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Beaufort Range
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Big Interior Mtn 1913
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Bolton Expedition 1896
Cliffe Glacier
Clinton Wood
Comox Glacier
Comox Glacier 1922
Comox Glacier 1925
Comstock Mtn
Conuma Peak
Copper King Mine
Crown Mtn
Elkhorn 1912
Elkhorn 1949
Elkhorn 1968
Eugene Croteau
Golden Bullets
Golden Hinde 1913/14
Golden Hinde 1937
Golden Hinde 1983
Harry Winstone Tragedy
Jack Mitchell
Jim Mitchell Tragedy
John Buttle
Judges Route
Koksilah's Silver Mine
Landslide Lake
Mackenzie Range
Malaspina Peak
Mariner Mtn
Marjories Load
Matchlee Mountain
Mount McQuillan
Mt. Albert Edward
Mt. Albert Edward 1927
Mt. Albert Edward 1938
Mt. Becher
Mt. Benson 1913
Mt. Benson
Mt. Doogie Dowler
Mt. Colonel Foster
Mt. Hayes/Thistle Claim
Mt. Maxwell
Mt. Sicker
Mt. Tzouhalem
Mt. Whymper
Muqin/Brooks Peninsula
Nine Peaks
Ralph Rosseau 1947
Rosseau Chalet
Ralph Rosseau Tragedy
Rambler Peak
Red Pillar
Rex Gibson Tragedy
Sid's Cabin
Steamboat Mtn
Strathcona Park 1980's
The Misthorns
The Unwild Side
Victoria Peak
Waterloo Mountain 1865
Wheaton Hut/Marble Meadows
William DeVoe
Woss Lake
You Creek Mine
Zeballos Peak

Other Stories:
Sierra de los Tuxtlas
Cerro del Tepozteco
Mt. Roraima
Nevada Alpamayo
Nevada del Tolima
Nevado de Toluca
Pico Bolivar
Uluru/Ayers Rock
Volcan Purace
Volcan San Jose

Island 6000

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Nine Peaks:
A Classic Photo and Classic Climb

by Lindsay Elms

One of the most photographed mountains on Vancouver Island is Nine Peaks. Not because of the distinctive Matterhorn-like profile of Elkhorn, or the dizzying heights of the East Face of Mount Colonel Foster, but because of its summit ridge symmetry squaring off across above its glacier. In the 1980's a picture of Nine Peaks with Cream Lake in the foreground was on the cover of BC Parks brochure for Strathcona Provincial Park. The aim was to highlight the parks alpine attractions as a magnet for tourists such as hikers and mountaineers.

The eye-catching profile of Nine Peaks behind the torquoise-coloured Cream Lake would have probably have been first seen by Reverend William Bolton and his party as they hiked Flower Ridge as part of their north/south traverse of Vancouver Island in 1896. However, John Buttle more than likely first saw the mountain from the south when he climbed to the unnamed summits at the head of the Ursus Creek during the Vancouver Island Exploring Expedition in 1865. A closer inspection of Nine Peaks occurred in 1899 when Joe Drinkwater traveled through Bear Pass immediately to the west of the peak. Drinkwater undertook a solo trip from Bedwell Sound, up the Bear (Bedwell) River to You Creek then over the pass, down to Della Lake and finally down the Drinkwater Creek passed Della Falls to Great Central Lake and onto Alberni. Drinkwater went on to stake a copper claim (Ptarmigan Mine) on the summit of nearby Big Interior Mountain and a gold claim at Della Lake. There is no doubt on one of his return trips that he would have searched all the creeks for further showings of gold that flow into Della Lake including the creek from the glacier on Nine Peaks. Although there was a lot of activity over the years on Big Interior Mountain and around Della Lake, it is not known how much activity occurred on Nine Peaks, however, there were claims staked around Beauty Lake to the east of the mountain. Activity in the area remained spasmodic but over the years there was always interest especially from the mining sector.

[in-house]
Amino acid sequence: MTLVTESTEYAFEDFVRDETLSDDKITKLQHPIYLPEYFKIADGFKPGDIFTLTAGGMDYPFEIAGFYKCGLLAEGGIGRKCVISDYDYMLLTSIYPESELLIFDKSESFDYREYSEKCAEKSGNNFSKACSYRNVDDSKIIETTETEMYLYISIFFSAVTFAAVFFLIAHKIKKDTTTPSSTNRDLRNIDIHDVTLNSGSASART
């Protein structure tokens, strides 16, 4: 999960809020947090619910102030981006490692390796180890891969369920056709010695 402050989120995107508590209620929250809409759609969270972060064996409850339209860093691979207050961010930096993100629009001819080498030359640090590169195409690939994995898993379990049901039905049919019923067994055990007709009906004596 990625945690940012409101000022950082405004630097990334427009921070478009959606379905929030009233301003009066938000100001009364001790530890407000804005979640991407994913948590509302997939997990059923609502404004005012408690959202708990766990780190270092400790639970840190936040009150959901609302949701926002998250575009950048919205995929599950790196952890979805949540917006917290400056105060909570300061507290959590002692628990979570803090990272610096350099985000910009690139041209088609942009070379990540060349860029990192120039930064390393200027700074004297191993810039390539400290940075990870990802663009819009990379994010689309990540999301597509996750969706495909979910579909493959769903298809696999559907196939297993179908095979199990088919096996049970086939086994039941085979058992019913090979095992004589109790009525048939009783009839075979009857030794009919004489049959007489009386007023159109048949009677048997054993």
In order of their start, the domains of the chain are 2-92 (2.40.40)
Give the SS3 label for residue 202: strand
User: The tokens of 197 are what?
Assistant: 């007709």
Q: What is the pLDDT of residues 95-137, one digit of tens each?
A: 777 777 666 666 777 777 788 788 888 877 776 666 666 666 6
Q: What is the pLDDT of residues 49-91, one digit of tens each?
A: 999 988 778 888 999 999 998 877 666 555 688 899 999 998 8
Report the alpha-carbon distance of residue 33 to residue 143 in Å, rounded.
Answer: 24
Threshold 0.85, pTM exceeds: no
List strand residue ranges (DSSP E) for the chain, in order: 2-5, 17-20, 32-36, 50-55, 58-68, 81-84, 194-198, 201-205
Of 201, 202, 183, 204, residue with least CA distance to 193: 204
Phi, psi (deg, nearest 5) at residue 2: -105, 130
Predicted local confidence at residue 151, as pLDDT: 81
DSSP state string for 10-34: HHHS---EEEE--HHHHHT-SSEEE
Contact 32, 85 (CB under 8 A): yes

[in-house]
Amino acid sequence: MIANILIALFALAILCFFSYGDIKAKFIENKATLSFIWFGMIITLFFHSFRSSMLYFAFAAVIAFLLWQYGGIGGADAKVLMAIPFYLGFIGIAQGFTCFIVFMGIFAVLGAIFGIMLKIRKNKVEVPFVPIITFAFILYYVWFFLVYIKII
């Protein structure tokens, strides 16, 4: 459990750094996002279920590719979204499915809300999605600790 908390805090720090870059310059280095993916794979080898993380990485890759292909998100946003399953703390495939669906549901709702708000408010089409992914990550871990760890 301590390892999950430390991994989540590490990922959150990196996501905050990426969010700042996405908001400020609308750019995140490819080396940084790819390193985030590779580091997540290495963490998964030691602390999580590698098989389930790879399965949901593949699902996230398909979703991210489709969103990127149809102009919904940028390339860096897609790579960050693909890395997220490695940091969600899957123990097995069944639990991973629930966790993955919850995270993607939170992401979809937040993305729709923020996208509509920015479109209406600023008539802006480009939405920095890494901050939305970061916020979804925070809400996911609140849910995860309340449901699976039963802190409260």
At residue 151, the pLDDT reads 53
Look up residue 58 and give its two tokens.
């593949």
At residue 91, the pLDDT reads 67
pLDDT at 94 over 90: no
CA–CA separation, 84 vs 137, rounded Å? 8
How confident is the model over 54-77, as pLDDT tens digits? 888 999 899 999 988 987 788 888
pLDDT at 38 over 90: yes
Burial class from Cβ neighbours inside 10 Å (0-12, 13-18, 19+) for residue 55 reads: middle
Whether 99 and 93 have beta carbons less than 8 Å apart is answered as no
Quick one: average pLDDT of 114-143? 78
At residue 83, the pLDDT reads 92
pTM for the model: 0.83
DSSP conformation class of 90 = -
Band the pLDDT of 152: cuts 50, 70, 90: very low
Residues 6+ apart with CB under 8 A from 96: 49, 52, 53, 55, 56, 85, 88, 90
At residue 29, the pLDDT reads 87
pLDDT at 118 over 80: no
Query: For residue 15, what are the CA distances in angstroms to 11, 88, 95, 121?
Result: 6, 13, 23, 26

In 1953 a party led by Rex Gibson and Mark Mitchell from the Vancouver Island section of the Alpine Club of Canada organized a successful trip over the Labour Day weekend to Big Interior Mountain via Drinkwater Creek. Impressed with the beauty of the area Syd Watts, who has been on the 1953 trip, returned two years later (July 1955) with a party that included Connie Bonner, Elizabeth and Patrick Guilbride, Bill Lash, Eric Page and two others. After using a water taxi to get to the head of Great Central Lake, they hiked in to the base of Della Falls and set up camp. At the same time a party of Search and Rescue personnel from the CFB Comox under the leadership of Ken Stoker also made their way up Drinkwater Creek. The next day Watts et al continued up Drinkwater Creek and just before the waterfall further up the creek, took a gully up to the shoulder of Mount Septimus and then dropped down the glacier to a camp under the boulder at Cream Lake. Over the course of the next few days they climbed Mount Septimus and Big Interior Mountain. They then returned to the base of Della Falls via the old miner's pack-horse trail down from Love Lake and the next day made an ascent of Nine Peaks. As it was early in the season, no crevasses were exposed and conditions were such that they didn't need to use crampons. Once on the summit ridge, just metres below the summit, Eric Page dropped his ice axe and Bill Lash had to rappel down the south side to retrieve it where it had fortunately wedged itself into a crack. It is not known whether anyone had previously climbed Nine Peaks as Syd found no cairn or sign of anyone having been there before, however, at the time Syd never considered that maybe theirs was the first ascent.